One of my favorite things about Hip-Hop has always been stumbling upon samples and references. Whether it’s hearing a now-commonly used phrase or melody on a 1980s rap record (think pretty much every line on Paid in Full) or catching a sample that I didn’t even realize was there (I definitely wasn’t thinking about Shawty Lo when I put on Mandrill’s “Children of the Sun”), Hip-Hop’s constant nods towards the past create infinite opportunities for spontaneous discovery for a music lover.
Last time I contributed a Daily Funk, I highlighted a track from the Jimi Hendrix-led Band of Gypsys. The drummer from Band of Gypsys, Buddy Miles (R.I.P.) was an accomplished artist in his own right, holding down the rhythm section for the Delfonics and Wilson Pickett at various times. Miles alos started a band called The Electric Flag with legendary blues guitarist Mike Bloomfield.
I was unfamiliar with Electric Flag when I pressed play on their debut album A Long Time Comin’. A wide-ranging and ambitious project, it includes uptempo soul-rock tracks alongside slower bluesy numbers, and features a horn section as well the standard guitar/drums/bass/keys setup. There’s a number of strong moments on the LP, but the stand-out to me is the chorus/breakdown in “Groovin’ is Easy,” which I instantly recognized it as a sample on one of my favorite releases of last year, Skipp Coon & Mr. Nick’s Sophomore Slump EP.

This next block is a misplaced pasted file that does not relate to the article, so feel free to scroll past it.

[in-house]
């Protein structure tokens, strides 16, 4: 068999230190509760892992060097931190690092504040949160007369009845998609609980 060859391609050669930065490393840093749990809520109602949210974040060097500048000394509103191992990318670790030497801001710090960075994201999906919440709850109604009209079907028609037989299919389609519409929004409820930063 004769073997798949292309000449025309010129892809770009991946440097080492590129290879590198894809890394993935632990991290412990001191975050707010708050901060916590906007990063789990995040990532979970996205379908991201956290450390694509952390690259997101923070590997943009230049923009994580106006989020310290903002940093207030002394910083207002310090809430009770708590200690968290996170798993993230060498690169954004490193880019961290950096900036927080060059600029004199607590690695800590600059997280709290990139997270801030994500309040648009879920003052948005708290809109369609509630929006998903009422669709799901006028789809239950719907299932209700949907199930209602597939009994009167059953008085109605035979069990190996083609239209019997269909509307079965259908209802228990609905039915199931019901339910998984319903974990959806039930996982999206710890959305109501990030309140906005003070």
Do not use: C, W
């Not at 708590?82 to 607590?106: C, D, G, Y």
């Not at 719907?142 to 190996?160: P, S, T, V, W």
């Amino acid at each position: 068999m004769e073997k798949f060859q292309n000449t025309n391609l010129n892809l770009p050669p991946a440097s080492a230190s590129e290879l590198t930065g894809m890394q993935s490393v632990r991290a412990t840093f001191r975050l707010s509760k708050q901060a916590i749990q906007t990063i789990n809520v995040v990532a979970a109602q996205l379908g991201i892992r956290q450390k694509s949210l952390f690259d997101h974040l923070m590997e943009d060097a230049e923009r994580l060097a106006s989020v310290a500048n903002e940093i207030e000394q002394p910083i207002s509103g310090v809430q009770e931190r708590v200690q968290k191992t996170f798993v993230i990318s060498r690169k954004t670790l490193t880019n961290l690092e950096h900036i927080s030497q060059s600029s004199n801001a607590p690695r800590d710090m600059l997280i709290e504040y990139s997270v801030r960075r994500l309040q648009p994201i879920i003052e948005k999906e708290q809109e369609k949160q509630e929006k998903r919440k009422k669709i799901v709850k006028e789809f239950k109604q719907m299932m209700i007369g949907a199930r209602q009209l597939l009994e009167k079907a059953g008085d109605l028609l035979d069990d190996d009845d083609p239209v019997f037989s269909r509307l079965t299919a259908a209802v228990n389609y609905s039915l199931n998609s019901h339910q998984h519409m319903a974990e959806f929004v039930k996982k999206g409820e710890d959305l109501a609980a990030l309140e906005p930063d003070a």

“It doesn’t have to be so hard, No no it doesn’t have to be so hard, So hard on you”
Electric Flag’s plea for the listener to let go of apprehension and chase their dreams gets turned into an intro for Skipp and Nick’s “Fight,” where Skipp works to convince his peers there’s an alternative to the their current lifestyle. He enlightens and motivates over a rolling bassline for the next three minutes, but the opening sample sets the table perfectly for his message, turning the original meaning into a revolutionary anthem.
The Electric Flag – “Groovin Is Easy”
Skipp Coon & Mr. Nick – “Fight”